Your Life your connection to The Boston Globe

Q: Is cracking your knuckles really bad for you?

. . . My mother always told me it can cause arthritis. Is that true?

M.K., Cambridge

No. In fact, it's not dangerous at all, said Dr. Jonathan Kay, clinical director of the rheumatology unit at Massachusetts General Hospital.

"The cracking sound you hear when you pull on your fingers is caused by the release of negative pressure within the joint," he said. Technically, this is called cavitation. Inside every joint in the body, a gooey substance called synovial fluid coats the surfaces of cartilage to protect them. Just as two discs coated with mineral oil stick together and can only be pulled apart with a bit of force, so it is inside the joint. When you pull, you break the vacuum seal created by the synovial fluid and the breaking of that seal causes the popping sound -- from the bursting of bubbles of gases dissolved in the fluid.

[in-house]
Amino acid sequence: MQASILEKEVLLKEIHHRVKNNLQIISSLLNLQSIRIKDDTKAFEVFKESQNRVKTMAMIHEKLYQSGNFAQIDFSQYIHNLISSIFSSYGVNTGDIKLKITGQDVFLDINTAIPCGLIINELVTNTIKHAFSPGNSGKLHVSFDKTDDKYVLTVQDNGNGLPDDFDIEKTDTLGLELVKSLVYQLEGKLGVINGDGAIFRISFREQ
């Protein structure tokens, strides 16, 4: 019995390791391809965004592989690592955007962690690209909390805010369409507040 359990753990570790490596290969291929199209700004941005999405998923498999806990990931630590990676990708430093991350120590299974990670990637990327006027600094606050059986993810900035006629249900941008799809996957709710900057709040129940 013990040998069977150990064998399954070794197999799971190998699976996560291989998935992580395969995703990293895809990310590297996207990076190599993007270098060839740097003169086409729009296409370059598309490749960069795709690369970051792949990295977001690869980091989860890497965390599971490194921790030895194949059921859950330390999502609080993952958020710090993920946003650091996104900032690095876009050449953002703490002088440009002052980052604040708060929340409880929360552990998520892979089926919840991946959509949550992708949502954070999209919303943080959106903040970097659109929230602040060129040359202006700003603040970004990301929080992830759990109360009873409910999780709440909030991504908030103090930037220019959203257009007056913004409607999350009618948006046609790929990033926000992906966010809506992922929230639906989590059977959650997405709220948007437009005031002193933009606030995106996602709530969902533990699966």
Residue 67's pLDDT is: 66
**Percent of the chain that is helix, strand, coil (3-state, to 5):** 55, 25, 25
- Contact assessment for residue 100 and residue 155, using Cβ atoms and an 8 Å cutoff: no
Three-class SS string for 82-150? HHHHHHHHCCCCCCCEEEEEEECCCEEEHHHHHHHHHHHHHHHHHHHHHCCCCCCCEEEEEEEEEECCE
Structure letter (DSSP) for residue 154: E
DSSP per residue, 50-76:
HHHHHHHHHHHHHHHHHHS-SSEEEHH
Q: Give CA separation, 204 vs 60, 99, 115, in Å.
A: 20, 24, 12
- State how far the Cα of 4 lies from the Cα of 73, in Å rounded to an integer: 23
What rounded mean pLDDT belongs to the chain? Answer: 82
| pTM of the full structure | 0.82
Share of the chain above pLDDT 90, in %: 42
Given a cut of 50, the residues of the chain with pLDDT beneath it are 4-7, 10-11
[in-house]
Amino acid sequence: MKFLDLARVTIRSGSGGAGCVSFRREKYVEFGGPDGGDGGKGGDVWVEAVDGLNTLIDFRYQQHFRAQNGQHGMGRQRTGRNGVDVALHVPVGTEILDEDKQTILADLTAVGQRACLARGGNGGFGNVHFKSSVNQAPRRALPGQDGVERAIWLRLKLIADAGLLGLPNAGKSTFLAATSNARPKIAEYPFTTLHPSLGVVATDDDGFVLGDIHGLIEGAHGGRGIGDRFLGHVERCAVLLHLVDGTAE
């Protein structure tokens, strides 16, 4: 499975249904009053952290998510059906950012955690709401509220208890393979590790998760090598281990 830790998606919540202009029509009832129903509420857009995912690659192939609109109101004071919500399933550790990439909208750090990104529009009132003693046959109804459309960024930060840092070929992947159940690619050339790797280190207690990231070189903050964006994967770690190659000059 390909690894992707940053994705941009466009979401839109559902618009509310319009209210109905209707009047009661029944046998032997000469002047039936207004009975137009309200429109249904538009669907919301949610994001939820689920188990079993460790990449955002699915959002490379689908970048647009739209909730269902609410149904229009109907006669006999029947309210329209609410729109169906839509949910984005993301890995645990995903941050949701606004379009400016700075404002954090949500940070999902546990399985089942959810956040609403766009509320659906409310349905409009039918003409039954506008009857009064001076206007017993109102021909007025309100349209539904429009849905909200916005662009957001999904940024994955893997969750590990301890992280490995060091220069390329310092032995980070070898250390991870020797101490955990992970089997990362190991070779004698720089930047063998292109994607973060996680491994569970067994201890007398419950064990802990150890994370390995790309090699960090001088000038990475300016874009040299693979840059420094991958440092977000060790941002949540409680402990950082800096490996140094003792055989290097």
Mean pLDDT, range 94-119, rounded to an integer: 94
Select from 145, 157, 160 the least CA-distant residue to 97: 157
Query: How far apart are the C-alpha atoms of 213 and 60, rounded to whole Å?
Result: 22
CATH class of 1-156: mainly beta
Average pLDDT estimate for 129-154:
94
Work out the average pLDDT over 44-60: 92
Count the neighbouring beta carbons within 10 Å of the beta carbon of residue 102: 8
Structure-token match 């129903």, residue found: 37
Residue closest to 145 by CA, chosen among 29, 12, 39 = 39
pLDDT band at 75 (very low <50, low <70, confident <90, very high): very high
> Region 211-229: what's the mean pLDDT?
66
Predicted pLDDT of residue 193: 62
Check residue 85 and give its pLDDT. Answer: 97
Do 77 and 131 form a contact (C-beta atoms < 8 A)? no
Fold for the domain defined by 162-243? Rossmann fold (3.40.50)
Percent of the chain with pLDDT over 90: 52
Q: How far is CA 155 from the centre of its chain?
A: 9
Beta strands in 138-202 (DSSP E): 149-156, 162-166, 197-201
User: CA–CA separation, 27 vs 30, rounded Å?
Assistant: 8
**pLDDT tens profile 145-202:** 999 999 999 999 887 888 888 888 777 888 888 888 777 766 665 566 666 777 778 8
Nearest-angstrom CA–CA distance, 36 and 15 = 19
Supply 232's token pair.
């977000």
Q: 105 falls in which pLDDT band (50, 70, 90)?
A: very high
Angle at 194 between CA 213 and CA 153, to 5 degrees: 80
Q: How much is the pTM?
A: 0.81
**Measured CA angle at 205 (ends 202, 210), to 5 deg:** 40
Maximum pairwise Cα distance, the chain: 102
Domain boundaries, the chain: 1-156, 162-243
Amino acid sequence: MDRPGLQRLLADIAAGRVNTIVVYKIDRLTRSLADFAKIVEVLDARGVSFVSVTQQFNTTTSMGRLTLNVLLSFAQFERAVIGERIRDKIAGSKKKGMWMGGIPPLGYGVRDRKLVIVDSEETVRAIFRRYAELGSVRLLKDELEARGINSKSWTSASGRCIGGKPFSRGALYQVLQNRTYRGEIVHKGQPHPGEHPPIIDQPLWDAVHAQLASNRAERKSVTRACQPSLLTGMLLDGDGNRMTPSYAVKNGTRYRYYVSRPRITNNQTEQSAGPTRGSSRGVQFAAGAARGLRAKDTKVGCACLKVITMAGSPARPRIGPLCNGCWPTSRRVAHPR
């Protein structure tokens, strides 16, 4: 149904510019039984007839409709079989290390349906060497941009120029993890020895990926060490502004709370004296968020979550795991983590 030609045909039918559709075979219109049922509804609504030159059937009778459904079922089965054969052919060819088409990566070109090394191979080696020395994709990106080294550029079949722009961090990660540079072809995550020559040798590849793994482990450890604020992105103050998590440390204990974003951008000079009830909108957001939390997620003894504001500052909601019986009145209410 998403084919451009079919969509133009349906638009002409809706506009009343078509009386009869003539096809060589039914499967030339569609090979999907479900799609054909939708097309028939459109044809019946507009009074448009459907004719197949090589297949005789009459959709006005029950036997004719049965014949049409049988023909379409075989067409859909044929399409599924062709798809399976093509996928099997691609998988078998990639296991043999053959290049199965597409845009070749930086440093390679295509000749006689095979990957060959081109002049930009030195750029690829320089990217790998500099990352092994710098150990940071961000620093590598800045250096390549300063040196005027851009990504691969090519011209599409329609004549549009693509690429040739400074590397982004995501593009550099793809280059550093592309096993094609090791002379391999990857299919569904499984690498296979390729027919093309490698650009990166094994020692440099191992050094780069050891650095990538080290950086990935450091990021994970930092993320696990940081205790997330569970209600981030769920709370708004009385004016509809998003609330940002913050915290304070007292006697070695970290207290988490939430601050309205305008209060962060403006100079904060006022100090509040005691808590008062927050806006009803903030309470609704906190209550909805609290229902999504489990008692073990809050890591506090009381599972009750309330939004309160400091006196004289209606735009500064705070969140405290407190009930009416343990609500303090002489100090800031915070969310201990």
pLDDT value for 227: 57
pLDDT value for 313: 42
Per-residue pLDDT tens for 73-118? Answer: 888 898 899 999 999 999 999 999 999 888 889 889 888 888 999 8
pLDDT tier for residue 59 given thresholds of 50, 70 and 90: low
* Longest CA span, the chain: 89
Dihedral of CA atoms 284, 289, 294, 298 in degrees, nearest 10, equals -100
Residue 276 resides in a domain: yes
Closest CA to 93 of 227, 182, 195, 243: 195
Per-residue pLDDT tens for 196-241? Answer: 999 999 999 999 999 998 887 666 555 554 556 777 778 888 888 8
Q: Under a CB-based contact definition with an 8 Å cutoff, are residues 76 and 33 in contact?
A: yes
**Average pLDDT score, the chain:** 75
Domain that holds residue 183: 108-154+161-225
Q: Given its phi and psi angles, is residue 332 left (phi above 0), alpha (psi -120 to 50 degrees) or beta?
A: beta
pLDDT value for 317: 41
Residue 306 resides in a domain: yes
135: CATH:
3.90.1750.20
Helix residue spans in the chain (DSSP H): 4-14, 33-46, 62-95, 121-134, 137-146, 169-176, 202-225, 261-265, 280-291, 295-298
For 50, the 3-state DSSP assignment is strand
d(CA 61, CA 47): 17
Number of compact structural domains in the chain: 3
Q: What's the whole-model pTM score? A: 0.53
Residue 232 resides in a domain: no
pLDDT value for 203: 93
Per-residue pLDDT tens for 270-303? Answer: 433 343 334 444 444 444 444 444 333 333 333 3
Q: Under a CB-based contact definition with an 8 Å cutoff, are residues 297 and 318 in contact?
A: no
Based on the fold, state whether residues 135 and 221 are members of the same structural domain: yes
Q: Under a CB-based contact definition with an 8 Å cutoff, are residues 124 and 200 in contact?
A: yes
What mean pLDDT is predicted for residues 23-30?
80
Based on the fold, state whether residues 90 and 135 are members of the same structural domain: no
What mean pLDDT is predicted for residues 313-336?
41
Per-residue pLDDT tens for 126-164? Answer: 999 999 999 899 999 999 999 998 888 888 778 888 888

Curiously, it takes about 20 minutes for the seal to re-establish itself. So crack your knuckles all you want. You might stretch a few ligaments, but you will not give yourself arthritis. But it'll be no fun unless you wait 20 minutes between cracks.


Today (free)
Yesterday (free)
Past 30 days
Last 12 months
 Advanced search / Historic Archives